When you lose a family member or loved one at the hands of another person it can be extremely difficult to find peace. It is even harder still when you don’t feel that the justice system has worked to punish the individual responsible.
I’ve always found it futile to interview family member’s a victim. Of course they feel grief, sadness, despair and probably angry. What can I possibly ask? Up until recently I couldn’t put myself in their shoes. But on Easter Sunday that all changed when my beautiful cousin Valeria Salinas was murdered. Suddenly I and the rest of my family were the victims. We were the ones cursing at a complete stranger, a name we are horrifically now familiar with. However, this is merely the beginning because everyone accused also has rights through our justice system. It will take about two years for the evidence to processed. It is possible the suspect will not be charged with the murder until the evidence has been analyzed. Then we have to wait for arraignment, indictment, pretrial, bond hearing, status hearings and a trial. It’s gut wrenching to even imagine the lengthy process.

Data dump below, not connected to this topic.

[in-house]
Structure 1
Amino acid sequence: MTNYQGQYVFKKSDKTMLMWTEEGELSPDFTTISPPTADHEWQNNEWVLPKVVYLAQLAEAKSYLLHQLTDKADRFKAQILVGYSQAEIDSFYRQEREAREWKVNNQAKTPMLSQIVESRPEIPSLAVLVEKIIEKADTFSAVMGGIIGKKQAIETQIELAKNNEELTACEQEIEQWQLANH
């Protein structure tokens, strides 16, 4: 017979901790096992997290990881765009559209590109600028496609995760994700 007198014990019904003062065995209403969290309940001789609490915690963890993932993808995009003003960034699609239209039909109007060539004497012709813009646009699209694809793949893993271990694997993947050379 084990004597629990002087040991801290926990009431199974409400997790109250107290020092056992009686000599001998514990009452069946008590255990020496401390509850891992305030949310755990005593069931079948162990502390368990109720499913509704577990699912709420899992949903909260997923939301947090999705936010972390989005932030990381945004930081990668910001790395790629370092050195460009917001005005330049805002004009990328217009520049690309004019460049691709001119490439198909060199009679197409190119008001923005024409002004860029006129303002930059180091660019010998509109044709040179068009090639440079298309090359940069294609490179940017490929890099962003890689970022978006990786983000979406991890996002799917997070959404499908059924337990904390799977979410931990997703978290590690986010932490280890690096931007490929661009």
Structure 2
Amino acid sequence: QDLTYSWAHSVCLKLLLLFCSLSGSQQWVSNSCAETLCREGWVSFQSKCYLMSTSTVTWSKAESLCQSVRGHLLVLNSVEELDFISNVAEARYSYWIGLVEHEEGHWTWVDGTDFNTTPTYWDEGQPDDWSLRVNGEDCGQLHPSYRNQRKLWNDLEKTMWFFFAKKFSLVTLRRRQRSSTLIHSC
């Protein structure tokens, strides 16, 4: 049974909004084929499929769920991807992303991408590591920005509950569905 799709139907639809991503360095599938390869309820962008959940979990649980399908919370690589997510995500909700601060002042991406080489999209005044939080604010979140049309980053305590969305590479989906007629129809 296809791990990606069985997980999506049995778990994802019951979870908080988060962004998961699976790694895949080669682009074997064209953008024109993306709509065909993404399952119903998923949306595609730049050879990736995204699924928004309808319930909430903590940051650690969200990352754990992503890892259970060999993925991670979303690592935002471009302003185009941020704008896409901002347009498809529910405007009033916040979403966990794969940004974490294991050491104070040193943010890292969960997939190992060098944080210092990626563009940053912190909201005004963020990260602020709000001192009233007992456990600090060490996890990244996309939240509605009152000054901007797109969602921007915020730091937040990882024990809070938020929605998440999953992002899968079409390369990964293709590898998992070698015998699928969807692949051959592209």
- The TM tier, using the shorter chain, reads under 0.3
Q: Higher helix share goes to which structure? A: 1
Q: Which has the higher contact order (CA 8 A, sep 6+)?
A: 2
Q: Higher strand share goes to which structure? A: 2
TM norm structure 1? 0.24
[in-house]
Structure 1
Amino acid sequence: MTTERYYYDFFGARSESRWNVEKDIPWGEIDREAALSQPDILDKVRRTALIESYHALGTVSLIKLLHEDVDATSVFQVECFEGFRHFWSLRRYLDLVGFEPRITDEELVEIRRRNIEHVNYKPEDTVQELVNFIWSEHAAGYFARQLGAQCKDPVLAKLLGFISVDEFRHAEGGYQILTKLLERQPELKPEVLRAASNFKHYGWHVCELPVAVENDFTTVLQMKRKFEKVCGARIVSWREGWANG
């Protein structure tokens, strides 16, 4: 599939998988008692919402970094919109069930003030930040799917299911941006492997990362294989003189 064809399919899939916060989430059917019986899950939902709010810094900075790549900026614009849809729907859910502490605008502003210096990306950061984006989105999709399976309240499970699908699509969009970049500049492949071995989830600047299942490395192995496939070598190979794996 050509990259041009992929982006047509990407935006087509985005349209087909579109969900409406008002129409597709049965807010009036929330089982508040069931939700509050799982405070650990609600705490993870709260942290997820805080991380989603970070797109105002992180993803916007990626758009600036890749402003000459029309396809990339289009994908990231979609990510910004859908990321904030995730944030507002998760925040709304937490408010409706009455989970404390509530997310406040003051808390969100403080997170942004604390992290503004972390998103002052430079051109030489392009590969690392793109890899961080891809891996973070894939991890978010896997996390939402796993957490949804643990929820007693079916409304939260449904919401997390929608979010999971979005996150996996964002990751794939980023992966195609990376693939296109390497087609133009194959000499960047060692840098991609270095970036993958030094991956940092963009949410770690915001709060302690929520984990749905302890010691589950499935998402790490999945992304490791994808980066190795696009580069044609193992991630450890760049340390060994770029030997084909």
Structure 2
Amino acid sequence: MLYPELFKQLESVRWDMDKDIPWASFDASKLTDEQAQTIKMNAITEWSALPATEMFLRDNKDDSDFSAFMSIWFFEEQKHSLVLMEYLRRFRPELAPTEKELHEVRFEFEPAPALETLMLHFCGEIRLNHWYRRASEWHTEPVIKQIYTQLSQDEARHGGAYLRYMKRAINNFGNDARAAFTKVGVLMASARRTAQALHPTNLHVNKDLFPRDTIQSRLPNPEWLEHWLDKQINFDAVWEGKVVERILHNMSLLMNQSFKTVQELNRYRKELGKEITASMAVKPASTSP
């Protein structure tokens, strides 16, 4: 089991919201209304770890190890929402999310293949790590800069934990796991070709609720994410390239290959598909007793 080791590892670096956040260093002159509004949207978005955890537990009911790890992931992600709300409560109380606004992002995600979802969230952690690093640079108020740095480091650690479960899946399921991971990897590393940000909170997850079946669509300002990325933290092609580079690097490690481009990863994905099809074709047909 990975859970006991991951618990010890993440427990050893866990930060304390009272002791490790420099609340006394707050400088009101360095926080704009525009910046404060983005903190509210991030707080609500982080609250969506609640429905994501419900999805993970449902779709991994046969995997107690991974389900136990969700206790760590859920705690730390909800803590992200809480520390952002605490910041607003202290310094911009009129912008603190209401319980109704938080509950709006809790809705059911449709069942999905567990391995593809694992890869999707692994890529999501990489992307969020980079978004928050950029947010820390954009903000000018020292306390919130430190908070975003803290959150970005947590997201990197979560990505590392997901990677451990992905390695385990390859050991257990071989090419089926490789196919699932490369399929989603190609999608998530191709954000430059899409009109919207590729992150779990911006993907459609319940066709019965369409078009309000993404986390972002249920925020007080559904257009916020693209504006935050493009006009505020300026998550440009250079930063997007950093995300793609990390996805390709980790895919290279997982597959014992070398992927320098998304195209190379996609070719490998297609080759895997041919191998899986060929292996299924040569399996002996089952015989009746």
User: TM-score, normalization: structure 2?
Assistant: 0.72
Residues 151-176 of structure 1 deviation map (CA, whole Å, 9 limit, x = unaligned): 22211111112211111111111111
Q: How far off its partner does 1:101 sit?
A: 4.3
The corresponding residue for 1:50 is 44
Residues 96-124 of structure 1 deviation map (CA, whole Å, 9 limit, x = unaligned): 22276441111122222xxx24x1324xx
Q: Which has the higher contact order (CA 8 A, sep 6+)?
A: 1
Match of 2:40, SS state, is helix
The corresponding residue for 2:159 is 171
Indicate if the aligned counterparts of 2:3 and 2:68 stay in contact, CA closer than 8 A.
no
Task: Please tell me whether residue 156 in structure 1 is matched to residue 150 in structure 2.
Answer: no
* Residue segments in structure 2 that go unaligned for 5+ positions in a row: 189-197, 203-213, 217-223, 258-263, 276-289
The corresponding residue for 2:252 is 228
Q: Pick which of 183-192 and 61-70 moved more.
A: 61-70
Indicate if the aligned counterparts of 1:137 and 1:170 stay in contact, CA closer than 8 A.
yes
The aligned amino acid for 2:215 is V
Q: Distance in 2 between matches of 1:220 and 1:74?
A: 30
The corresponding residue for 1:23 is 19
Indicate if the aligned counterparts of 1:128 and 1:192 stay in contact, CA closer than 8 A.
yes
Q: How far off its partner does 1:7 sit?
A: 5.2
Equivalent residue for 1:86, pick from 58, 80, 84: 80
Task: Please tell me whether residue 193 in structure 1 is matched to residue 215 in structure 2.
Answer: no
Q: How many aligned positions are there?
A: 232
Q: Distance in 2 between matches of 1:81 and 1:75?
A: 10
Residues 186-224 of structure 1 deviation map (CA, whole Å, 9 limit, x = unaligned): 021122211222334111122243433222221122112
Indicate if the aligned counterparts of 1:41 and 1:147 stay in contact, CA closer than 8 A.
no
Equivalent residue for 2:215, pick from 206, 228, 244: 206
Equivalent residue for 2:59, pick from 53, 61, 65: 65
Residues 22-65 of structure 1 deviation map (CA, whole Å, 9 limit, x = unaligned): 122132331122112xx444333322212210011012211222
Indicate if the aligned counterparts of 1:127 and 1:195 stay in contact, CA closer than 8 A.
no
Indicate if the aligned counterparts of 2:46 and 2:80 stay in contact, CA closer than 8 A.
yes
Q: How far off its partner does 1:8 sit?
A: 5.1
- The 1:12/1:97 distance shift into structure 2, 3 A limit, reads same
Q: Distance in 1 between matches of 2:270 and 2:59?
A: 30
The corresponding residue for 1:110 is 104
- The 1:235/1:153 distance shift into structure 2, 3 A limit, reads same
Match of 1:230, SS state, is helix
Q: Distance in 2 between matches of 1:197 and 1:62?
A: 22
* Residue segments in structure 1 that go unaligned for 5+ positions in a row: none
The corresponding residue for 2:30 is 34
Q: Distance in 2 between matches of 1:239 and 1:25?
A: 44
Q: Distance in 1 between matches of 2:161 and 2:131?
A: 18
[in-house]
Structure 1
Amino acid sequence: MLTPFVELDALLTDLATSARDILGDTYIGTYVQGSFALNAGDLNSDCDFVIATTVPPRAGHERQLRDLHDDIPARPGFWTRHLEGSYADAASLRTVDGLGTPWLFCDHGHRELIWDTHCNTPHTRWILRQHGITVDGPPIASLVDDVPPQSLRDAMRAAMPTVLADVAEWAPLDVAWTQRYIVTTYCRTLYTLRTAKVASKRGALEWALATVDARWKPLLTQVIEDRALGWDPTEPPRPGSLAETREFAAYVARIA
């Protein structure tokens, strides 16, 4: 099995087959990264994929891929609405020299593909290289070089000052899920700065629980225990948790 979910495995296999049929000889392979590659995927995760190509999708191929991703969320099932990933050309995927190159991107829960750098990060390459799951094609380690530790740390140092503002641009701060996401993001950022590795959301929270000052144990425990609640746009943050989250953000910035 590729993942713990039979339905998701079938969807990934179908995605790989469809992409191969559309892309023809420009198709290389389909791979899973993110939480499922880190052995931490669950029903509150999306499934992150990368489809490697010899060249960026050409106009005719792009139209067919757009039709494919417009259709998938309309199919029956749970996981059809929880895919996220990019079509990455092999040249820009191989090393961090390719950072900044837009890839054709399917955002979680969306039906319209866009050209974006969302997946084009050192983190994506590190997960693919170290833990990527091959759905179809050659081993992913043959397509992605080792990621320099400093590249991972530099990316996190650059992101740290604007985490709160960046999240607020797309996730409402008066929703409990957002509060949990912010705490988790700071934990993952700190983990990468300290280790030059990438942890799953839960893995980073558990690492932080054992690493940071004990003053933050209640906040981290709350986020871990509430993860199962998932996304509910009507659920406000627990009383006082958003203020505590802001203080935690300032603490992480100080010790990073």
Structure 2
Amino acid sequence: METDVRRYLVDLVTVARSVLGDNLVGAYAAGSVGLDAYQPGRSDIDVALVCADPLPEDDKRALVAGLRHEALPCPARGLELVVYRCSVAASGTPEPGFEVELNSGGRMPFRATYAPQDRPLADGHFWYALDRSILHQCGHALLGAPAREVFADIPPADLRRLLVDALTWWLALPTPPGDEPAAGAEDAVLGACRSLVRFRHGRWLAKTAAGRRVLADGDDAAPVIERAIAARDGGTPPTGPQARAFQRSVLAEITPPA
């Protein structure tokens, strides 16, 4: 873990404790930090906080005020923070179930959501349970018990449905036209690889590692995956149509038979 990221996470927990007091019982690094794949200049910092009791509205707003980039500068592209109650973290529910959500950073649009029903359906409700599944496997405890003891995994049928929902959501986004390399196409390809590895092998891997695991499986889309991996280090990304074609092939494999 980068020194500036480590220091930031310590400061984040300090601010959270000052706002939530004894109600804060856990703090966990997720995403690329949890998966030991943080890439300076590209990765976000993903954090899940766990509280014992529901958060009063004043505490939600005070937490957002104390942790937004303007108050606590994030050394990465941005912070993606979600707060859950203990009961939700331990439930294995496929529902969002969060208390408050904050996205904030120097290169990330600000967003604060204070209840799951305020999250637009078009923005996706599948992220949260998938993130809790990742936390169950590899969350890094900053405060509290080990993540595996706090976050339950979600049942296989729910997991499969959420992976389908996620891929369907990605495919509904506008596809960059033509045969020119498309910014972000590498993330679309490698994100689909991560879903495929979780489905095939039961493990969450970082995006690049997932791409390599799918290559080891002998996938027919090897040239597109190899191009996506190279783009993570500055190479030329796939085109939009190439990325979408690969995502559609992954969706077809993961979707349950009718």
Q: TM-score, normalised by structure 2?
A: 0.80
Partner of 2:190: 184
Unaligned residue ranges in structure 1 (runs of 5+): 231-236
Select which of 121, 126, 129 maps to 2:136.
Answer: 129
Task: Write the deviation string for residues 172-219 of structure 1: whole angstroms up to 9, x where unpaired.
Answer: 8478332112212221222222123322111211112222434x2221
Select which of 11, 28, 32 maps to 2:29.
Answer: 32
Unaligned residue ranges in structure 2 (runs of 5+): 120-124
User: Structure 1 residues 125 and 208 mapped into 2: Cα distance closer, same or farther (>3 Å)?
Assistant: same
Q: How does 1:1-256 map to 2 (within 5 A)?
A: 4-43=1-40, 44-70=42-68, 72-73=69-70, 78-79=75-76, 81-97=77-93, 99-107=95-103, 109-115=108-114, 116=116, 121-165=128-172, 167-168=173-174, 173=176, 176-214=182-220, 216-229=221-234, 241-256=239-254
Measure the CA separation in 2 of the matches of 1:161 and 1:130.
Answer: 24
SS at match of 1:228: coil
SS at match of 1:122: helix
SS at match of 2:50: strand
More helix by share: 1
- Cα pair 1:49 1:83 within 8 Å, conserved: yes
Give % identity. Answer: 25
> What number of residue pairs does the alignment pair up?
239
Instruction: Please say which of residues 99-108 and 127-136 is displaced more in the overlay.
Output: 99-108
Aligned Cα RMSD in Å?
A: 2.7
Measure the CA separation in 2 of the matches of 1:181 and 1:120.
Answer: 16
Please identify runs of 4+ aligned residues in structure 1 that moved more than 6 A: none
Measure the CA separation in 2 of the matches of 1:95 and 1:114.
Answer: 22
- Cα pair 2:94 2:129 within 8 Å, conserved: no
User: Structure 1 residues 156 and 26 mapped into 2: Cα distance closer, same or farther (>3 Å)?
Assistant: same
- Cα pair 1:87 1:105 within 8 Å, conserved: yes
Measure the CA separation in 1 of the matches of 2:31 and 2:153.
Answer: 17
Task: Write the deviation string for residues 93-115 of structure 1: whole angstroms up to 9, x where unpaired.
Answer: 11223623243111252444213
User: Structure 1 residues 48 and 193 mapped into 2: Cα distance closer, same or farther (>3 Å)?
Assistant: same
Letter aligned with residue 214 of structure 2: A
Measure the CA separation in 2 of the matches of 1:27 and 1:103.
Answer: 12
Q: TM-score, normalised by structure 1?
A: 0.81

What if, heaven forbid, the suspect is found not guilty?
What if the person is not indicted?
What if they are out on bond?
Those are questions I hope to never have to consider but they are realistic possibilities in any case. Many factors play a role in reaching a verdict. Evidence, prosecutors, defense, witnesses, the judge but ultimately it is the jury that decides. Much like the court reported the role of El Tejano has largely been to report the facts, what occurred. It wasn’t until I was standing outside the crime scene of Valeria’s murder in the middle of the night looking for a picture that did her smile justice to release with a write up that I realized how much I’ve neglected to convey feelings of victims. Let it be known that with us victims have a venue to speak their feelings within appropriate perimeters that invoke respectful dialogue.